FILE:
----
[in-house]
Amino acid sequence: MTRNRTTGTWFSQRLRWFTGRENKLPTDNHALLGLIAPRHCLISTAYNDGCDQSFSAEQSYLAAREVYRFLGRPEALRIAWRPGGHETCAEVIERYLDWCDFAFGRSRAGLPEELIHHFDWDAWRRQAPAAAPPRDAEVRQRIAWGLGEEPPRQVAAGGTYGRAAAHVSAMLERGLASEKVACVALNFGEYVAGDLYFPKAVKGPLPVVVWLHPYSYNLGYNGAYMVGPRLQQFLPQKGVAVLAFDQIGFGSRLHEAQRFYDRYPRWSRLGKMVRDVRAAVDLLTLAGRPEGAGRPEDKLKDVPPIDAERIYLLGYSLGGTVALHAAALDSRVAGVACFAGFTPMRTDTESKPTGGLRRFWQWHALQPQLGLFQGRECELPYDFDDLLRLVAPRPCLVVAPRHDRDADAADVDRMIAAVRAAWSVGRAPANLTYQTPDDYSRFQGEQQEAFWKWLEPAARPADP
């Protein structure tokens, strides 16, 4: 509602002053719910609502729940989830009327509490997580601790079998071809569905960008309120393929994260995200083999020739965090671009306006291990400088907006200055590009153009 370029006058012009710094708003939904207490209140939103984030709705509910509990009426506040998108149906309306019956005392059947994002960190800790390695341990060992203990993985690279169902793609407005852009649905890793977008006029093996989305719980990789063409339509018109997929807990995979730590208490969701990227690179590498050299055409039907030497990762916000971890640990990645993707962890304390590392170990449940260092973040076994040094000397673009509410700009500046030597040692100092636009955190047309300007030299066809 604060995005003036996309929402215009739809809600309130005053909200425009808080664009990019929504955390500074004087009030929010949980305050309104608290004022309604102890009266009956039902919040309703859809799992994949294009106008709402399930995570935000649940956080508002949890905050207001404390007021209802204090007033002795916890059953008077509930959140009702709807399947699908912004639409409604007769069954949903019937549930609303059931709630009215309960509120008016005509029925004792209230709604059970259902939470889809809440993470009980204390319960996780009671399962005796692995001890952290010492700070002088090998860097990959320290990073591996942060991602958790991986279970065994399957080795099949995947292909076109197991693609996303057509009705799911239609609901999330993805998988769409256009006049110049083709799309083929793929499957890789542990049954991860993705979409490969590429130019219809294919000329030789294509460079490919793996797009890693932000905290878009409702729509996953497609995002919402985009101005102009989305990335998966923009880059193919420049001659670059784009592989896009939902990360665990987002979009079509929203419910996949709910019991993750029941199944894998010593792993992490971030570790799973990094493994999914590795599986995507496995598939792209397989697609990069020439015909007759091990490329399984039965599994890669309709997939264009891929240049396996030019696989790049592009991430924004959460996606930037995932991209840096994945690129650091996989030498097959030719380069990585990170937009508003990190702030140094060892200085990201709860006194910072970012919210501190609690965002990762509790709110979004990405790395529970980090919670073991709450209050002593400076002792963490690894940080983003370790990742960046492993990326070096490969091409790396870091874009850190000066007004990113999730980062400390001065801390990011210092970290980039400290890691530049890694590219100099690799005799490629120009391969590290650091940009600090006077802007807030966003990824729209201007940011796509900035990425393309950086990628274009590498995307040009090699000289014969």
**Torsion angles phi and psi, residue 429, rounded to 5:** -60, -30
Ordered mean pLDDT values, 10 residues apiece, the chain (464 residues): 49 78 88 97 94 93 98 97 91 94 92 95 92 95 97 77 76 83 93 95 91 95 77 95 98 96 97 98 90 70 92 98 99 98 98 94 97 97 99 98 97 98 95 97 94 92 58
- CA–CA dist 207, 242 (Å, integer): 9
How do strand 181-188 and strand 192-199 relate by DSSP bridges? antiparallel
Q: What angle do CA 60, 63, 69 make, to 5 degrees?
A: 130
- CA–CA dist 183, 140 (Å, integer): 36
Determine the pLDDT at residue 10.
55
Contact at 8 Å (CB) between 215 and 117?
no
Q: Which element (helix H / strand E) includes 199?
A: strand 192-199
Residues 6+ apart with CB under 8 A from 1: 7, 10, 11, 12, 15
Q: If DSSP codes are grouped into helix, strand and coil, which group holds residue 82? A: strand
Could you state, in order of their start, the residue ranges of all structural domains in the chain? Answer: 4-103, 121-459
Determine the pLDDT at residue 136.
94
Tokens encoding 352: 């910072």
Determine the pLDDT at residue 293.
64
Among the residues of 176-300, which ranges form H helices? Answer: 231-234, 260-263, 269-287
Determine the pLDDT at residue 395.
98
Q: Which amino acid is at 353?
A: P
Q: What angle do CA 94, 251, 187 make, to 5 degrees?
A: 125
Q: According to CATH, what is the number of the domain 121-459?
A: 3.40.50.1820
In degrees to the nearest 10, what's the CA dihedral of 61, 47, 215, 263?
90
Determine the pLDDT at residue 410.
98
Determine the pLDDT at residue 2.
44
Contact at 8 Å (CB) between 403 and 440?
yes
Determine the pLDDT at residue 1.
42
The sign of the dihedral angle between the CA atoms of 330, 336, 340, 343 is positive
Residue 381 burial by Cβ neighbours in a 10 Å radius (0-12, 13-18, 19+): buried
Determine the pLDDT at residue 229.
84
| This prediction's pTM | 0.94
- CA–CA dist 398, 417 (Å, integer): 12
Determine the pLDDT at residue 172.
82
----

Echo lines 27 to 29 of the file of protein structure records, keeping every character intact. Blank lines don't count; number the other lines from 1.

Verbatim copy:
98
Q: Which amino acid is at 353?
A: P